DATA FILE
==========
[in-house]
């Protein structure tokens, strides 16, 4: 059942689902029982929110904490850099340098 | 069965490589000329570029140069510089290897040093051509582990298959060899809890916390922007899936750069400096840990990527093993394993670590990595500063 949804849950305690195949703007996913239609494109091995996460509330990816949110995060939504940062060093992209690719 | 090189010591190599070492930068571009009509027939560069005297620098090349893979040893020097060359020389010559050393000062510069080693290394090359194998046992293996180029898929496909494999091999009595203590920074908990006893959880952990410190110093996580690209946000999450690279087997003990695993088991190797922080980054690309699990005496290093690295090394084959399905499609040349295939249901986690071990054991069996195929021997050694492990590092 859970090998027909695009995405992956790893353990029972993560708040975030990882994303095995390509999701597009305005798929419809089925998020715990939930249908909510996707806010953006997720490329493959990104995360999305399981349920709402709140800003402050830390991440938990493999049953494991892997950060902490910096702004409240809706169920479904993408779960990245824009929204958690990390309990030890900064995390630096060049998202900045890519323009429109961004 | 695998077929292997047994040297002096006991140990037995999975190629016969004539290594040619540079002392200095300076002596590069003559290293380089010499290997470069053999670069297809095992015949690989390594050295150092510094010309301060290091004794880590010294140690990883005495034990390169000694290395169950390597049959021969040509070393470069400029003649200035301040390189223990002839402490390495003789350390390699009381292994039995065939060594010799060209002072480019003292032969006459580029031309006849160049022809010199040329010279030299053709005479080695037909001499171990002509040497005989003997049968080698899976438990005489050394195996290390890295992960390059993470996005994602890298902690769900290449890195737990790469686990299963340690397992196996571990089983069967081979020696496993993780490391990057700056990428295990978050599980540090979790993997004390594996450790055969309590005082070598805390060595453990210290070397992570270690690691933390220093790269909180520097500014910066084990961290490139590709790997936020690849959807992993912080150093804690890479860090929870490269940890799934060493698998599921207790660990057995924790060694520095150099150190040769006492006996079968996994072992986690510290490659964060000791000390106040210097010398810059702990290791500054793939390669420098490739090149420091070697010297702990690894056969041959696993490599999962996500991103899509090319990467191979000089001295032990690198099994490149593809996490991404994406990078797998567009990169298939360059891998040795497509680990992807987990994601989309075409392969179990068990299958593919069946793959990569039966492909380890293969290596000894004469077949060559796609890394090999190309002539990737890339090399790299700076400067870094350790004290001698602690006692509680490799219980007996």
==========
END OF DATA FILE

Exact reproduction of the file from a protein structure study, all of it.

[in-house]
């Protein structure tokens, strides 16, 4: 059942689902029982929110904490850099340098 | 069965490589000329570029140069510089290897040093051509582990298959060899809890916390922007899936750069400096840990990527093993394993670590990595500063 949804849950305690195949703007996913239609494109091995996460509330990816949110995060939504940062060093992209690719 | 090189010591190599070492930068571009009509027939560069005297620098090349893979040893020097060359020389010559050393000062510069080693290394090359194998046992293996180029898929496909494999091999009595203590920074908990006893959880952990410190110093996580690209946000999450690279087997003990695993088991190797922080980054690309699990005496290093690295090394084959399905499609040349295939249901986690071990054991069996195929021997050694492990590092 859970090998027909695009995405992956790893353990029972993560708040975030990882994303095995390509999701597009305005798929419809089925998020715990939930249908909510996707806010953006997720490329493959990104995360999305399981349920709402709140800003402050830390991440938990493999049953494991892997950060902490910096702004409240809706169920479904993408779960990245824009929204958690990390309990030890900064995390630096060049998202900045890519323009429109961004 | 695998077929292997047994040297002096006991140990037995999975190629016969004539290594040619540079002392200095300076002596590069003559290293380089010499290997470069053999670069297809095992015949690989390594050295150092510094010309301060290091004794880590010294140690990883005495034990390169000694290395169950390597049959021969040509070393470069400029003649200035301040390189223990002839402490390495003789350390390699009381292994039995065939060594010799060209002072480019003292032969006459580029031309006849160049022809010199040329010279030299053709005479080695037909001499171990002509040497005989003997049968080698899976438990005489050394195996290390890295992960390059993470996005994602890298902690769900290449890195737990790469686990299963340690397992196996571990089983069967081979020696496993993780490391990057700056990428295990978050599980540090979790993997004390594996450790055969309590005082070598805390060595453990210290070397992570270690690691933390220093790269909180520097500014910066084990961290490139590709790997936020690849959807992993912080150093804690890479860090929870490269940890799934060493698998599921207790660990057995924790060694520095150099150190040769006492006996079968996994072992986690510290490659964060000791000390106040210097010398810059702990290791500054793939390669420098490739090149420091070697010297702990690894056969041959696993490599999962996500991103899509090319990467191979000089001295032990690198099994490149593809996490991404994406990078797998567009990169298939360059891998040795497509680990992807987990994601989309075409392969179990068990299958593919069946793959990569039966492909380890293969290596000894004469077949060559796609890394090999190309002539990737890339090399790299700076400067870094350790004290001698602690006692509680490799219980007996």